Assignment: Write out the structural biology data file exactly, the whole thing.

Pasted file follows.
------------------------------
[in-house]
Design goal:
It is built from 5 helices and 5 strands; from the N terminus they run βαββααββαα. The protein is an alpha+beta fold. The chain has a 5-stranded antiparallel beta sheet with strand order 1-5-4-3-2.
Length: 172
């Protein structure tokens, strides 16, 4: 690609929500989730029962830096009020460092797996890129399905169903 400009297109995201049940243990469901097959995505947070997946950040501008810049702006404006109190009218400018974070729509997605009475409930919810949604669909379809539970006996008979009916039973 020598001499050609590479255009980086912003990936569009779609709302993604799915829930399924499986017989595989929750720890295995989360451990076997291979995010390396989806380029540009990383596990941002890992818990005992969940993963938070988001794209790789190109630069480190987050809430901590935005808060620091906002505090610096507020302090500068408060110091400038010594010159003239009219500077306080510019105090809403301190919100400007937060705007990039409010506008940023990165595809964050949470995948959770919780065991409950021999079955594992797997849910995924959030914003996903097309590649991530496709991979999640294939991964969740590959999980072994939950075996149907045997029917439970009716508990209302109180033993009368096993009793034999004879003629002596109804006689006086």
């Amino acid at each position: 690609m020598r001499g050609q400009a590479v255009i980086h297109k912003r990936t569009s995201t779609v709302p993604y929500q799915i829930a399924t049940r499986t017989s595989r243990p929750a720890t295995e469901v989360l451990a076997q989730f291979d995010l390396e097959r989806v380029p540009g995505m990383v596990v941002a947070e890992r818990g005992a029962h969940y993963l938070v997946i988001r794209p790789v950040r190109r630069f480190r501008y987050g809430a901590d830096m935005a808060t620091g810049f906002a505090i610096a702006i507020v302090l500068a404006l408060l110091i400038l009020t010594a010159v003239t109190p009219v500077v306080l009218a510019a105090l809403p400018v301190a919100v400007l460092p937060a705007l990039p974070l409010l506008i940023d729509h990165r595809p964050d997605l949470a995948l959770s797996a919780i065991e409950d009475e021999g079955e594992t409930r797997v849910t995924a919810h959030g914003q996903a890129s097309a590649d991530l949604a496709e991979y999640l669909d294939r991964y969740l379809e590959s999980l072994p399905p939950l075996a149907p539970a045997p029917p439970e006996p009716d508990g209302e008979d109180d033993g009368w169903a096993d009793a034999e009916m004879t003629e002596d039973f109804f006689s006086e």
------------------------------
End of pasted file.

[in-house]
Design goal:
It is built from 5 helices and 5 strands; from the N terminus they run βαββααββαα. The protein is an alpha+beta fold. The chain has a 5-stranded antiparallel beta sheet with strand order 1-5-4-3-2.
Length: 172
């Protein structure tokens, strides 16, 4: 690609929500989730029962830096009020460092797996890129399905169903 400009297109995201049940243990469901097959995505947070997946950040501008810049702006404006109190009218400018974070729509997605009475409930919810949604669909379809539970006996008979009916039973 020598001499050609590479255009980086912003990936569009779609709302993604799915829930399924499986017989595989929750720890295995989360451990076997291979995010390396989806380029540009990383596990941002890992818990005992969940993963938070988001794209790789190109630069480190987050809430901590935005808060620091906002505090610096507020302090500068408060110091400038010594010159003239009219500077306080510019105090809403301190919100400007937060705007990039409010506008940023990165595809964050949470995948959770919780065991409950021999079955594992797997849910995924959030914003996903097309590649991530496709991979999640294939991964969740590959999980072994939950075996149907045997029917439970009716508990209302109180033993009368096993009793034999004879003629002596109804006689006086």
């Amino acid at each position: 690609m020598r001499g050609q400009a590479v255009i980086h297109k912003r990936t569009s995201t779609v709302p993604y929500q799915i829930a399924t049940r499986t017989s595989r243990p929750a720890t295995e469901v989360l451990a076997q989730f291979d995010l390396e097959r989806v380029p540009g995505m990383v596990v941002a947070e890992r818990g005992a029962h969940y993963l938070v997946i988001r794209p790789v950040r190109r630069f480190r501008y987050g809430a901590d830096m935005a808060t620091g810049f906002a505090i610096a702006i507020v302090l500068a404006l408060l110091i400038l009020t010594a010159v003239t109190p009219v500077v306080l009218a510019a105090l809403p400018v301190a919100v400007l460092p937060a705007l990039p974070l409010l506008i940023d729509h990165r595809p964050d997605l949470a995948l959770s797996a919780i065991e409950d009475e021999g079955e594992t409930r797997v849910t995924a919810h959030g914003q996903a890129s097309a590649d991530l949604a496709e991979y999640l669909d294939r991964y969740l379809e590959s999980l072994p399905p939950l075996a149907p539970a045997p029917p439970e006996p009716d508990g209302e008979d109180d033993g009368w169903a096993d009793a034999e009916m004879t003629e002596d039973f109804f006689s006086e």